A link between air travel and a higher risk of deep-vein thrombosis (DVT) is widely suspected, but the causes are uncertain. Aviation Health (AH), an independent body dealing with aviation issues, suggests precautionary measures. Unless contraindicated, a low-dose aspirin (100-150mg) taken the day before a flight, on the day and for two or three days after can reduce the risk of pulmonary embolism by up to 60 percent. Studies at Dokkyo University, Japan, meanwhile, found that a natural protein in fermented soya beans has an anti-thrombotic effect similar to that of the anti-coagulant drug heparin
Relative humidity in the cabin can be anything from 2-23 per cent, well below the 30-65 per cent comfort zone; and the fewer passengers on board, the drier the atmosphere. â€œDry air hampers the respiratory systemâ€™s defences, so increasing susceptibility to infection,â€ says Professor Ron Eccles of the Common Cold Centre. He recommends sipping water before and during the flight, to keep sinuses moist and boost their effectiveness at flushing out viruses.
And avoid carbonated drinks, says Farrol Kahn, director of AH: â€œAt altitude, gases in the digestive system can expand by a third, causing abdominal pain.â€ One non-fizzy alcoholic drink before takeoff is fine (to soothe pre-flight nerves), but avoid it on board: alcohol dehydrates and further reduces oxygen supplies to the brain.
Donâ€™t be calm
Nervous about takeoff? Hypnotherapist Ursula James says that, on the eve of a flight, you should try to visualise yourself relaxed, walking on to the plane, sitting through the flight, then landing, cool and collected. If pre-flight anxiety surfaces, it helps to imagine a time when you felt eager, but not fearful, anticipation.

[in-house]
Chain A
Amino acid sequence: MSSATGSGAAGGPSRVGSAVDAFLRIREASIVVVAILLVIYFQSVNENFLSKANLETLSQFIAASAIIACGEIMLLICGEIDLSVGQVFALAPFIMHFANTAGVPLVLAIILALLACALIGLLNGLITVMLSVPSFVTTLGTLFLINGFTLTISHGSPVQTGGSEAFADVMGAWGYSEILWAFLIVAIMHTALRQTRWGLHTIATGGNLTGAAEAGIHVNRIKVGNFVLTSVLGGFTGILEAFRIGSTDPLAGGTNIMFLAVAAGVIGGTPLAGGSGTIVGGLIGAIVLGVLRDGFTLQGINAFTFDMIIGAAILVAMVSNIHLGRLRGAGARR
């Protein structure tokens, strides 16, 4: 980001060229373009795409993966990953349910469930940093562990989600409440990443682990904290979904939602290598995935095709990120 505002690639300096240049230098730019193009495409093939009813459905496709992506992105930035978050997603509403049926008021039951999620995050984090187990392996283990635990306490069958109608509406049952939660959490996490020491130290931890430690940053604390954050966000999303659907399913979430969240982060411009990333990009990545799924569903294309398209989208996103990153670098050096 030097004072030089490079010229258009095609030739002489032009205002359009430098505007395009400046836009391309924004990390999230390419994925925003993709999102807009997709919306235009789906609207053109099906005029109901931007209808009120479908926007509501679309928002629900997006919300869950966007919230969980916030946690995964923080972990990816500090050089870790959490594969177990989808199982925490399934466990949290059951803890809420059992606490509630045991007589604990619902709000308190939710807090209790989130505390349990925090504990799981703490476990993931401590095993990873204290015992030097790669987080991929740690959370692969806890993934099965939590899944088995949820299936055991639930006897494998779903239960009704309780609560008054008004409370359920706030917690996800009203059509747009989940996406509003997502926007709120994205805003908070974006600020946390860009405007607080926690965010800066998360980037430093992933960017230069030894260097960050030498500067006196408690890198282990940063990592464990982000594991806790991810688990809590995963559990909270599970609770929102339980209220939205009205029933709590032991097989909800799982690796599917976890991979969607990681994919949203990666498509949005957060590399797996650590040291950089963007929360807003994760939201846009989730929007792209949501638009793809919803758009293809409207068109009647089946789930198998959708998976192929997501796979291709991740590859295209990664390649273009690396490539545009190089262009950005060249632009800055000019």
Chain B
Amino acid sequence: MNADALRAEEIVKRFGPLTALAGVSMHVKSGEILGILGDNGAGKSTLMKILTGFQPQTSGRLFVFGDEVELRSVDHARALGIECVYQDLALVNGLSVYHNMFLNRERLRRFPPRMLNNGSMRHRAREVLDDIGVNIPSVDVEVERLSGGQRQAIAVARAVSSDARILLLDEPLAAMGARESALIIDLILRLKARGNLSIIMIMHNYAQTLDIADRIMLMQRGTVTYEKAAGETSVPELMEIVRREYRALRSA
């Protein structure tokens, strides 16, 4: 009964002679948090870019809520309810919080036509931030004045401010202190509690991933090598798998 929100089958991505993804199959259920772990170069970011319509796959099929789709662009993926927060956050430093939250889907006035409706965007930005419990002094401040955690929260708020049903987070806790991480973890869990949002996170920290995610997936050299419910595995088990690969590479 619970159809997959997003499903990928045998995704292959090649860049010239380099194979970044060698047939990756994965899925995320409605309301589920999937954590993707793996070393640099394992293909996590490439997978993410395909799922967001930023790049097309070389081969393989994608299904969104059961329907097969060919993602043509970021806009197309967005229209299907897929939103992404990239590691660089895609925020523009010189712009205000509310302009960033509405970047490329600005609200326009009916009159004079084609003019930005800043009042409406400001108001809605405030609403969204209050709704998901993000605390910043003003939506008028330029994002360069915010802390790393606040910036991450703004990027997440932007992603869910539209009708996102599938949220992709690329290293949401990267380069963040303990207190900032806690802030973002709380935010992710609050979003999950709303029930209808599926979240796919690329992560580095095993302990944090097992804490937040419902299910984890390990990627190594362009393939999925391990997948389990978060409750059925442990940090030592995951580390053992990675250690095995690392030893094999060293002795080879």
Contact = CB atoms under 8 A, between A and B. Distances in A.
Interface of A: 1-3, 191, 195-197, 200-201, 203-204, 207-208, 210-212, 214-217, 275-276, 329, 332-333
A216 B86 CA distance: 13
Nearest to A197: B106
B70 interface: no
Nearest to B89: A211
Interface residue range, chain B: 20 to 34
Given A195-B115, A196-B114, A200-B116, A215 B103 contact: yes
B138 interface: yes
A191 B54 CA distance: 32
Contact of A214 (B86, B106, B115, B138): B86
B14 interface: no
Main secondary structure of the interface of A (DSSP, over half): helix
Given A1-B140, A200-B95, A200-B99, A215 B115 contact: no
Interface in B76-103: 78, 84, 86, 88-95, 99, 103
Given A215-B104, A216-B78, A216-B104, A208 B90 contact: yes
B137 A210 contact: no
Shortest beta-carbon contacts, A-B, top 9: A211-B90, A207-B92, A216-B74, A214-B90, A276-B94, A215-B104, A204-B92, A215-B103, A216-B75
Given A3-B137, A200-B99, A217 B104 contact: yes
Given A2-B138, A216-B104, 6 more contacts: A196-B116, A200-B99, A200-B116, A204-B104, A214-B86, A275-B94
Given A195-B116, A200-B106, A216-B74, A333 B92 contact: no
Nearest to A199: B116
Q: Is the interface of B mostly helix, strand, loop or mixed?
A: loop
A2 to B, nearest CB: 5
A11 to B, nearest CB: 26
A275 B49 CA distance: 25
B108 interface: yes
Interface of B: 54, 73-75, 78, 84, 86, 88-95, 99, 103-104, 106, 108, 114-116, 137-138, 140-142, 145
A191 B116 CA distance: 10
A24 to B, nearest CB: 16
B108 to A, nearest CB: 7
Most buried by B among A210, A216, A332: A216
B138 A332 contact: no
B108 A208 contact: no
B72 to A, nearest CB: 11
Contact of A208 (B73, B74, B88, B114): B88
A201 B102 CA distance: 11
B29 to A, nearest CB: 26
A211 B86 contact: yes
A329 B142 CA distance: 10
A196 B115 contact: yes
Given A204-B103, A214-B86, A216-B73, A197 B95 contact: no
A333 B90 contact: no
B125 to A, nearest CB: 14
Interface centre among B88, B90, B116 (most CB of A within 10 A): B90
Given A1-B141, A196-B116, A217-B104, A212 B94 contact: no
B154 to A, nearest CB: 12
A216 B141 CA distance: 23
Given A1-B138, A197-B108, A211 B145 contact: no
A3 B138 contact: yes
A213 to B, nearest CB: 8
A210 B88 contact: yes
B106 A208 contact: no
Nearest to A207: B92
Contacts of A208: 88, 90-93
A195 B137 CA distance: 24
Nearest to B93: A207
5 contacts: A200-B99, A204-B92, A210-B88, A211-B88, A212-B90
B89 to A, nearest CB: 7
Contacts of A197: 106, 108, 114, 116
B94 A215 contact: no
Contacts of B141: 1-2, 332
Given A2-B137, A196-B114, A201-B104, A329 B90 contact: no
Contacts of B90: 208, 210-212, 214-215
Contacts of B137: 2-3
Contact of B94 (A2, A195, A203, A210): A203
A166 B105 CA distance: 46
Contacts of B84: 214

â€œRecalling an exciting rather than a calm event works with the physiology of stress,â€
she says. â€œAnxiety and excitement are identical in physical terms â€” short breath, butterflies and so on â€” so changing the psychological overlay from one to the other is easier than trying to force an opposite state such as calm.â€™â€™
Shake a leg
Longer check-in times mean youâ€™re likely to be waiting in terminals for many hours, most of them seated. Kahn advises taking a brisk walk at every opportunity, to bolster circulation. Pre-flight exercise will relax you, and also reduce the likelihood of in-flight aches and stiffness. On board, do the anti-DVT exercises that many airlines provide these days. Walk up and down the aisles when you can, too. â€œAim for around 15 minutesâ€™ movement every hour,â€ Kahn says.
After a meal, the body diverts oxygenated blood to the gut to help fuel digestion. With up to 25 per cent reduced oxygen on board, eating heavily can strain the body and the digestive system, which will â€œsummonâ€™â€™ oxygen from anywhere it can â€” the brain included â€” leaving you vulnerable to fainting should you then leave your seat. Instead, snack â€” lightly. Salads and fruit are good, because they are water-rich, so contribute to hydration, and contain mostly carbohydrates, which are comfortably digested. Avoid gas-producing food such as legumes or brassicas.
Keep your hands clean
A 2002 study at the University of California found that, of 1,100 passengers flying from San Francisco to Denver, one-fifth reported cold symptoms within a week of arrival. â€œEvery surface of the plane is covered in bacteria and viruses, not just those of your fellow
passengers, but those of other passengers whoâ€™ve flown on that plane in the past 24 hours,â€™â€™ says the UKâ€™s Common Cold Centreâ€™s Ron Eccles. He recommends regular use of alcohol-based hand wipes to protect against two of the more common means of disease transmission â€” into the eye or nose via infections gathered on fingertips.